Donna Pratico-Lehto, RN, BScN

Public Health Nurse, VCH Early Years Program

We asked Donna a few questions, email us yours!

hello@northshorekids.ca

NSK: What is your background and how did you get into Early Years public health?

Donna: I am a Public Health nurse and have been working in public health for the past 15 years. I graduated from the Foothills School of Nursing [in Calgary] 25 years ago and soon thereafter moved to Utah with my husband. It was there that I had my first taste of working in Public Health in the area of early intervention. 

 

Early Intervention programs in the U.S. are publicly funded programs that are offered to families that have a child at risk for a developmental delay or with a diagnosed delay. This was a great experience for me as it gave me the opportunity to work closely with a team of physical therapists, speech pathologists, occupational therapists, and special educators, all while empowering families to learn the skills needed to best support their child in the home environment. 

 

While in Utah, I also worked in the NICU and postpartum units at one of the hospitals in Salt Lake City. I have been at my current job with Vancouver Coastal Health for the past 15 years.

 

 

NSK: What is the difference between a Community Health nurse and a Public Health nurse? 

 

Donna: In Canada, the two terms are interchangeable, but for those looking for an actual definition:

 

A public health/community health nurse has a baccalaureate degree in nursing and is a member in good standing of a professional regulatory body for registered nurses. The public health/community health nurse:

 

  • Combines knowledge from public health science, primary health care (including the determinants of health), nursing science, and the social sciences

  • Focuses on promoting, protecting, and preserving the health of populations

  • Links the health and illness experiences of individuals, families, and communities to the practice of population health promotion

  • Recognizes that a community’s health is closely linked to the health of its members and is often reflected first in individual and family health experiences

  • Recognizes that healthy communities and systems that support health contribute to the health of individuals, families, groups, and populations

  • Practices in increasingly diverse settings, such as community health centres, schools, street clinics, youth centres, and nursing outposts, and with diverse partners, to meet the health needs of specific populations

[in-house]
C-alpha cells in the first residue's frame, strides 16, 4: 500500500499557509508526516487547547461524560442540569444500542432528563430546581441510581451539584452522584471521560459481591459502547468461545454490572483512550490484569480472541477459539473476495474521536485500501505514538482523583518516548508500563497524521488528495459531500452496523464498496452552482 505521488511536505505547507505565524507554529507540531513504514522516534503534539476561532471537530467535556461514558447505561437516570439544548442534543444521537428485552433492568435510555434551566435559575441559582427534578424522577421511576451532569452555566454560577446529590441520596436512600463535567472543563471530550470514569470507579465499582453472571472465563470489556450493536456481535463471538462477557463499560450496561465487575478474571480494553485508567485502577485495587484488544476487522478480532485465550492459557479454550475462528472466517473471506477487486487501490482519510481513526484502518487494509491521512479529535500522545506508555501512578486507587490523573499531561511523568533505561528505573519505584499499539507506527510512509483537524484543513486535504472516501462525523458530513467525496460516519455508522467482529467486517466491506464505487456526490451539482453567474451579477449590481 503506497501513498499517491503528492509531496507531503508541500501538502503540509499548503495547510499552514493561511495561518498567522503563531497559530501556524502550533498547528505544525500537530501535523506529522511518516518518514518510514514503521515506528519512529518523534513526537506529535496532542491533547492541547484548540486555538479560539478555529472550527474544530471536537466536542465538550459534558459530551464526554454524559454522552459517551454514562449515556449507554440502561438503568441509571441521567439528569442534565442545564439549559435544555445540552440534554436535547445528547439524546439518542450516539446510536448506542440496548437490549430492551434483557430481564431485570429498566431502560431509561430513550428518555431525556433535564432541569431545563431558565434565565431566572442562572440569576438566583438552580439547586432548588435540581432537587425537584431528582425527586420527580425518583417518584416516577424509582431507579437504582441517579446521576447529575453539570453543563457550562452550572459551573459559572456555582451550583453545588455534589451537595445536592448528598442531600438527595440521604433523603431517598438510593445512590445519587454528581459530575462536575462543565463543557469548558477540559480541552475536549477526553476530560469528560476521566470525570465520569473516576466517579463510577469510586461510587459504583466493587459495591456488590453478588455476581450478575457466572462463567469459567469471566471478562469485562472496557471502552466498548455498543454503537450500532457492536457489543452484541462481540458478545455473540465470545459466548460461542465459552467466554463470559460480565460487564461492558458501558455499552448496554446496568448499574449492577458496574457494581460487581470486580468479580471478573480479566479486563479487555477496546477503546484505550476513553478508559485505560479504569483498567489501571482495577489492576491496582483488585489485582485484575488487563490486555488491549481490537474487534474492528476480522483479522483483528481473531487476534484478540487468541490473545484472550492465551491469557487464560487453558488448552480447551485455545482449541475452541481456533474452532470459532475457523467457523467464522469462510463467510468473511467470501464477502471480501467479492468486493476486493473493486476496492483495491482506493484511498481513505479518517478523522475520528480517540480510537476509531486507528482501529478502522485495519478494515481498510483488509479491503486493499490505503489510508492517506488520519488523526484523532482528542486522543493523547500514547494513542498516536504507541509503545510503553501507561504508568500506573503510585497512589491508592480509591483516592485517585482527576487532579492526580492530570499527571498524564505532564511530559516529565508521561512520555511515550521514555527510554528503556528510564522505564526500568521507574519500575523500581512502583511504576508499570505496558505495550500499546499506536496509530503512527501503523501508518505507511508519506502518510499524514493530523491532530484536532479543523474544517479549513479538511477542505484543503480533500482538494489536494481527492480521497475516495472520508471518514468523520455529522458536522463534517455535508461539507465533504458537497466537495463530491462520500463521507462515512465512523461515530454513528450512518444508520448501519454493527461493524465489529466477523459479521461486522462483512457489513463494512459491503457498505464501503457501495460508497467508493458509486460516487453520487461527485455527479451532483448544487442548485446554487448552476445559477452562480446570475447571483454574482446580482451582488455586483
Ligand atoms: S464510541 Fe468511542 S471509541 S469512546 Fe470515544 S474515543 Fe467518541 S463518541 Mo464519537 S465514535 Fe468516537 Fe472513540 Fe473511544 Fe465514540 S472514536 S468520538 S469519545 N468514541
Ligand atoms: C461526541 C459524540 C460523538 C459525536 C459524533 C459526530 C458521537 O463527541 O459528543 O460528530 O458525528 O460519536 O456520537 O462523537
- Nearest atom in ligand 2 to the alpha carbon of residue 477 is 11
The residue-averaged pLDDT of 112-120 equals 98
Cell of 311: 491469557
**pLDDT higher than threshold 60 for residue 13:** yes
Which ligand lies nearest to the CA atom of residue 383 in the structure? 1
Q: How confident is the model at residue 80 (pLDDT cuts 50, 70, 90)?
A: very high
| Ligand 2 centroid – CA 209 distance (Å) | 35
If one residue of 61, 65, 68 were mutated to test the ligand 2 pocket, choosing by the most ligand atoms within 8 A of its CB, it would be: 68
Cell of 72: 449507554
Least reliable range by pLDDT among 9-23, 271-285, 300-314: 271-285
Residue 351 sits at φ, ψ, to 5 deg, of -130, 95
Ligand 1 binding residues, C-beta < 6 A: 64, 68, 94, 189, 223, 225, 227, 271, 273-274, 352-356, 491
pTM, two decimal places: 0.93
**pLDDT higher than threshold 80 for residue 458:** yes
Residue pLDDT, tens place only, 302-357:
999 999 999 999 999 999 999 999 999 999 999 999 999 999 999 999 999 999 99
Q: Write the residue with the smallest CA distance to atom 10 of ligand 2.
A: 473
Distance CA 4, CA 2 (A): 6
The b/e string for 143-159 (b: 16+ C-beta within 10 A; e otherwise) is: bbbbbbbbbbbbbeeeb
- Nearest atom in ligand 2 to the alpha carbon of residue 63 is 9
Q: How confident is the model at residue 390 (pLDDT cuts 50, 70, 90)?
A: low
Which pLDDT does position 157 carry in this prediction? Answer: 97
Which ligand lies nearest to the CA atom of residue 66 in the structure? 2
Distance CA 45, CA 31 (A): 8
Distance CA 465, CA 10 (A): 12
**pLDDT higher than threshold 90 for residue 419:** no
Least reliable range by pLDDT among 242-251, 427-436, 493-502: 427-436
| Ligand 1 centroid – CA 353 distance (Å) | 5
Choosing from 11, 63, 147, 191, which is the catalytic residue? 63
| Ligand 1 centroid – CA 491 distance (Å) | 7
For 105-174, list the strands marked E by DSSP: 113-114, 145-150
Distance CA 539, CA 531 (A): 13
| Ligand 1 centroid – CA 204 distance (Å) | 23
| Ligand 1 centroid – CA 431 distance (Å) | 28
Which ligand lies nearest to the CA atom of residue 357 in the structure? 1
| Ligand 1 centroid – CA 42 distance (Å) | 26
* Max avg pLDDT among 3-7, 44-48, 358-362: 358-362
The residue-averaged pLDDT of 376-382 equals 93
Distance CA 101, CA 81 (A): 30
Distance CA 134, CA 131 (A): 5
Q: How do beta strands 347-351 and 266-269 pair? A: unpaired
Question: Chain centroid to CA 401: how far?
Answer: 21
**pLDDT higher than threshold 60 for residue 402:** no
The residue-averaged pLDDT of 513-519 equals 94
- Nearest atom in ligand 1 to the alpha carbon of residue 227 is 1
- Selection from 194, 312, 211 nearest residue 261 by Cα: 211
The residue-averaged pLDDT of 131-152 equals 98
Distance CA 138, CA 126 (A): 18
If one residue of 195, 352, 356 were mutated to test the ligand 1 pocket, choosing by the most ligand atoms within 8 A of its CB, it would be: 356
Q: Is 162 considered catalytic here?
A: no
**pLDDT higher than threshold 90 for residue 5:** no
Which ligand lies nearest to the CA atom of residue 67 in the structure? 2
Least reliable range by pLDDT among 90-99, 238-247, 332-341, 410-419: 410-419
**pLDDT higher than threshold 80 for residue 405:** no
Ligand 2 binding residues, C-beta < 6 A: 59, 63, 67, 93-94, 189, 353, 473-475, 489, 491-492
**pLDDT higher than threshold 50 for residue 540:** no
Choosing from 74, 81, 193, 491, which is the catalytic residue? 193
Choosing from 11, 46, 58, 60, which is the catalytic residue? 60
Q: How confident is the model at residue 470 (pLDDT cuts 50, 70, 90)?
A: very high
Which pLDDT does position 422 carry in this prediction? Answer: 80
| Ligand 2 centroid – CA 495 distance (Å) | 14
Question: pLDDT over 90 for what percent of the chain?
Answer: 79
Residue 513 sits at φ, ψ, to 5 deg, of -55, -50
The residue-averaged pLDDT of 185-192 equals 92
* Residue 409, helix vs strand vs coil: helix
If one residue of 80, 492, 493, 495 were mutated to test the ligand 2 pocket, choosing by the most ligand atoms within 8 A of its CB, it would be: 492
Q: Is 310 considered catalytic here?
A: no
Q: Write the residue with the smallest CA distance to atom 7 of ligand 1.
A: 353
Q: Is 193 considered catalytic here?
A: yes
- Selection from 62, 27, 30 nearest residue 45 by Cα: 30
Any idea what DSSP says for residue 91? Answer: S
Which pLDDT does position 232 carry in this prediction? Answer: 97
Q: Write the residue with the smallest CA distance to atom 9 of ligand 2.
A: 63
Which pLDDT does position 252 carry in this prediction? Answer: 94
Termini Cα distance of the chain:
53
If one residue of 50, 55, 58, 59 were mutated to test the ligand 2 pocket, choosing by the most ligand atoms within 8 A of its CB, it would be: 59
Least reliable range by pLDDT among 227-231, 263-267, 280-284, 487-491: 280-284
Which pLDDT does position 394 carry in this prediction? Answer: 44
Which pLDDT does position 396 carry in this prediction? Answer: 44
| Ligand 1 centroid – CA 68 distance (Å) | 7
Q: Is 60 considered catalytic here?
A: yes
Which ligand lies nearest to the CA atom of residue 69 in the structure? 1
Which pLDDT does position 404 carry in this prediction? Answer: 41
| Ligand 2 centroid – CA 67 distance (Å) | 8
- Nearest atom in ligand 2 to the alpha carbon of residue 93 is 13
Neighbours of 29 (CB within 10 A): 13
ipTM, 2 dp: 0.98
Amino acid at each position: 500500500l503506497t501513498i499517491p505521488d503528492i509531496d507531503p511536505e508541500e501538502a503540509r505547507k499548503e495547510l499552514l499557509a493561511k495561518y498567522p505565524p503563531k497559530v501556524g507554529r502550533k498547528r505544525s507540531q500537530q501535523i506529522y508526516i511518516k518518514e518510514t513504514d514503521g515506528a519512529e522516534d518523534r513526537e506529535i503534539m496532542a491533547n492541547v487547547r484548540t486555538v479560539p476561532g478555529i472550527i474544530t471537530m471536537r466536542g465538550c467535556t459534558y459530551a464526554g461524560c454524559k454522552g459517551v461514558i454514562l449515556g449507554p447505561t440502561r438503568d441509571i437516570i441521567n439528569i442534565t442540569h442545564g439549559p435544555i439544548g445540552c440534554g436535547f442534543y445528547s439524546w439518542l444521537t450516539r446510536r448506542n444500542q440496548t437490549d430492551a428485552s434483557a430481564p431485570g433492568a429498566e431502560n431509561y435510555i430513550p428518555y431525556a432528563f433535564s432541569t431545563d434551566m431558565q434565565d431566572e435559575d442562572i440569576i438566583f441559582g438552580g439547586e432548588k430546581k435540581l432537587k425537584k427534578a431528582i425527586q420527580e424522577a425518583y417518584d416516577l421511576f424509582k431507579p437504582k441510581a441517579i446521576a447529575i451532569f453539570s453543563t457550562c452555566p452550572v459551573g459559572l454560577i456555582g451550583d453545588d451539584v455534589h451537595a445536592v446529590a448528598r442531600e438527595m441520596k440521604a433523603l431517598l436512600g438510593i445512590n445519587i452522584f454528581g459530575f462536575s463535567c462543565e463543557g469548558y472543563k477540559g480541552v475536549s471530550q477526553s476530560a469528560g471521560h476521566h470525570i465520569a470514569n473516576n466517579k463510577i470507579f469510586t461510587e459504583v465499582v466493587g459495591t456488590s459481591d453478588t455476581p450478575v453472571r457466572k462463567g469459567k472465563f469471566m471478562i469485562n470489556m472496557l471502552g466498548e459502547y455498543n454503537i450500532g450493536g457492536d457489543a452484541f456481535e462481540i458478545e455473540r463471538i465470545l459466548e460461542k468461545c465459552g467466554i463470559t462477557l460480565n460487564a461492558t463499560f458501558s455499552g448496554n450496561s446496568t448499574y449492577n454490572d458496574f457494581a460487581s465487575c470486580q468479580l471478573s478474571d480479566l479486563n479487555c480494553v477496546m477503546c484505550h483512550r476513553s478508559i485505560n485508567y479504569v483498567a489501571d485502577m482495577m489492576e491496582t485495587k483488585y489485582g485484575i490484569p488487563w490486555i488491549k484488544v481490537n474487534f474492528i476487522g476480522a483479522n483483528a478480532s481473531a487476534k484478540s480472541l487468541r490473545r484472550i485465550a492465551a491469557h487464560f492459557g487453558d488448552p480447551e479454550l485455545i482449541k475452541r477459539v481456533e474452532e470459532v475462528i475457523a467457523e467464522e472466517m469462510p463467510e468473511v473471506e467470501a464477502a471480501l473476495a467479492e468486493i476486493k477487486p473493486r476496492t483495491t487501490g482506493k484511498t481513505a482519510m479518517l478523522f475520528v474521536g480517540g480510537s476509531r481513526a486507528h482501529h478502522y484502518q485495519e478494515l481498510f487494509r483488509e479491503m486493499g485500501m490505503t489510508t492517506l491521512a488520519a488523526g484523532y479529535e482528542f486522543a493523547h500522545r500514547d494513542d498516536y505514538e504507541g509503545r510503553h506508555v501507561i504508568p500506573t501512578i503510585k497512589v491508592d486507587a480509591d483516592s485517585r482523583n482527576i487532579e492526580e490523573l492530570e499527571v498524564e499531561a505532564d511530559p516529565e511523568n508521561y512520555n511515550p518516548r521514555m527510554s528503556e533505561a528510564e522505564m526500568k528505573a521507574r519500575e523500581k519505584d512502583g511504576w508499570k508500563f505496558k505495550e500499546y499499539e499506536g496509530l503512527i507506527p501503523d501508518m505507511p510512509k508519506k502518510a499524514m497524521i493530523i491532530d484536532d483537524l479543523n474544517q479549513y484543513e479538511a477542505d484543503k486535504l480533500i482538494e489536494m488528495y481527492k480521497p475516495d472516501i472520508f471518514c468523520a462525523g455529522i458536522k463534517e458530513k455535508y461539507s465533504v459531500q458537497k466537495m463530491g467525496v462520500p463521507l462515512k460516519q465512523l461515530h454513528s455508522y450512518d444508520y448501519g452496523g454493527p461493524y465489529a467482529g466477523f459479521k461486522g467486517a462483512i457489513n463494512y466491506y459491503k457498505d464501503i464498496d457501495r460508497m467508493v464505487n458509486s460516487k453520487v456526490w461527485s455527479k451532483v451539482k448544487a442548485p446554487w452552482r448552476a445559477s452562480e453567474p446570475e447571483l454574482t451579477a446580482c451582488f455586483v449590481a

My favourite parts of public health nursing are having the privilege to work with families as they begin their journey through parenthood and the relationships formed along the way. 

 

NSK: When the four of us (Annie, Nicole, Maris, and Kathy) had our babies, the weekly parent-infant group at Parkgate Community Centre was vital to our sanity. It’s where we met, where our babies socialized, and where public health nurses could spot potential developmental problems early and give advice or referrals. Since the pandemic, new parents are left without this critical resource. What are some resources parents can use to get child development information and advice, and/or to connect with other new parents, until the weekly in-person groups can return?

 

Donna: Obviously, the pandemic has changed how we offer some services at this time. We no longer offer the Parent-Infant Drop-In groups or Postpartum Support group but most everything else has stayed the same. We are still open to do our immunization clinics (CLICK HERE), lactation consulting (in person), on-call services, and home visits for new families. We can also meet up to weigh or measure babies when requested or if families have concerns with their infant or toddler we are here to support them in any way we can, whether that be by providing resources or referrals if necessary. The Early Years team of nurses is here to offer support to families with children ranging from 0 – 5 yrs of age.


 

If you have concerns about the health or development of your early years child, or to book an appointment with a lactation consultant, there is an on-call public health nurse available to speak with you at 604-983-6754.